N&R front-pager:

In 2017 at the Barclays Center in New York, if the tournament lands there as has been reported, fans would be able to see views of the game from behind the rim and in other locations through the arena’s Wi-Fi. The camera feeds are one of several innovative ways the arena helps fans see a game in additional ways.

And it’s a draw for the ACC.

“It’s just come in to a point of conversation in terms of taking a look at it as it relates to the site of the ACC tournament,” ACC Commissioner John Swofford said.

…Swofford said ACC schools are looking at ways to incorporate new fan experiences in their home football stadiums and basket ball arenas.

“Young fans are used to and expect (it), and it’s a part of their way of enjoying the game,” Swofford said. “Now, 70-year-olds, not so much, but (with) the younger fans, it’s absolutely a factor. They like the ability to be interactive, the ability to connect with their friends elsewhere as well as in the venue and talk about what’s going on.”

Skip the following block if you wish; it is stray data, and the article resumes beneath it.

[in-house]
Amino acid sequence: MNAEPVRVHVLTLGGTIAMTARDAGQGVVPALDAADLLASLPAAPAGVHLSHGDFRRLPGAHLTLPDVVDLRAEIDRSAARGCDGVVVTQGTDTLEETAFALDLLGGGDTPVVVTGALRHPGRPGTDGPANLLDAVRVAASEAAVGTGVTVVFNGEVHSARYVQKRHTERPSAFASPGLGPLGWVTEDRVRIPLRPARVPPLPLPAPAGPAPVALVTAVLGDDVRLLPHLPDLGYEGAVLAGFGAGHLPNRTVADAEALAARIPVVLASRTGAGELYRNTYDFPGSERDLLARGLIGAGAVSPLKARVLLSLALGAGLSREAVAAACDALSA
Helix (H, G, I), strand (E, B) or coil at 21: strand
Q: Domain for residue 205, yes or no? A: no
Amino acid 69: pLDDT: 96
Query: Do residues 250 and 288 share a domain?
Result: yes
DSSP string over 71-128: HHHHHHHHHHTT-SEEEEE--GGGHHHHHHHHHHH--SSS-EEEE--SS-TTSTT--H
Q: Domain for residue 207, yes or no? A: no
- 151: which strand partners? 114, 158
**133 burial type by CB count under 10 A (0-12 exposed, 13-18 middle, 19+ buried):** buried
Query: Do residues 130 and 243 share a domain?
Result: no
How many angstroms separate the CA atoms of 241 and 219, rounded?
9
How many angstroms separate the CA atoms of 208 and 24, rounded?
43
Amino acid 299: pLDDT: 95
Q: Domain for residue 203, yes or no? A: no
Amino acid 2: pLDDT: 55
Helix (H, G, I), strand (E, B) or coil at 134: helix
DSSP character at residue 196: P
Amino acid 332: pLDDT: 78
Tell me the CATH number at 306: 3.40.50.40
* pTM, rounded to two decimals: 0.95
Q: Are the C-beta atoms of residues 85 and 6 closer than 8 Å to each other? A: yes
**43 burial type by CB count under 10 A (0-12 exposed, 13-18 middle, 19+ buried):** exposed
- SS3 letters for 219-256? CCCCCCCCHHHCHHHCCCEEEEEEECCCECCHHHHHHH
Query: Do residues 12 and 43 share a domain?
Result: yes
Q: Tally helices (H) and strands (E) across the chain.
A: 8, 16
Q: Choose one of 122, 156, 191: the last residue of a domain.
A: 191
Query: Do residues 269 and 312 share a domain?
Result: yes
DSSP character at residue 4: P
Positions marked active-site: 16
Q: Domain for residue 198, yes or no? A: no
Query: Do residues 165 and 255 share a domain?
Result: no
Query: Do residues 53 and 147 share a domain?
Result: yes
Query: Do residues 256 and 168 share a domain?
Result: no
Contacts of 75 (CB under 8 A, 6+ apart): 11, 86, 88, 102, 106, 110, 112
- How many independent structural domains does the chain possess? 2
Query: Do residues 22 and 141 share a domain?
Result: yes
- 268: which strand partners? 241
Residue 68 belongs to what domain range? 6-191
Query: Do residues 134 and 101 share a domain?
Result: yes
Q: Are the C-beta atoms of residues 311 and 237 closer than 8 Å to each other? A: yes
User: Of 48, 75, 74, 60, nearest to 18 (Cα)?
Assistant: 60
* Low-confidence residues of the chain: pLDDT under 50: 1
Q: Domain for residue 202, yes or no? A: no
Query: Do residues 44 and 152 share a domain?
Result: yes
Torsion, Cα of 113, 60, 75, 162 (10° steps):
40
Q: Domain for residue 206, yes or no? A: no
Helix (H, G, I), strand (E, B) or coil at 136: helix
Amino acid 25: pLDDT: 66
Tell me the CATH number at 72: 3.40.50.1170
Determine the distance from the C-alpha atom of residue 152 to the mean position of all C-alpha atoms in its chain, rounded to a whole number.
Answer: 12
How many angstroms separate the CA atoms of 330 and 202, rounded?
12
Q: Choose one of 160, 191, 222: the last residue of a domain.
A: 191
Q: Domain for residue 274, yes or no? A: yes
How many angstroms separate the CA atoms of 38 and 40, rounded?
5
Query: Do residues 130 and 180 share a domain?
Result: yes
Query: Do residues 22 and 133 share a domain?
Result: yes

Don’t need to tell you that just about everybody in the Greensboro Coliseum was working their personal electronic device. If you weren’t on Twitter, you were nobody. Logging onto to the wireless at the coliseum was a bit cumbersome —you were handed a hard copy of the password and the process wasn’t so obvious. You also need a password per device, but once you were on, you stayed on. But it sounds you’re on Wi-Fi once you walk through the turnstiles at Barclays Center.

Needless to say this is another major expense for older sports and entertainment venues -the Panthers spent a good chunk of money for technology upgrades to Bank of America Stadium.

With this in mind it will be interesting to see what kind of gadgetry will be proposed for the downtown performing arts center, especially since it’s being pitched as a way of keeping young professionals in Gboro.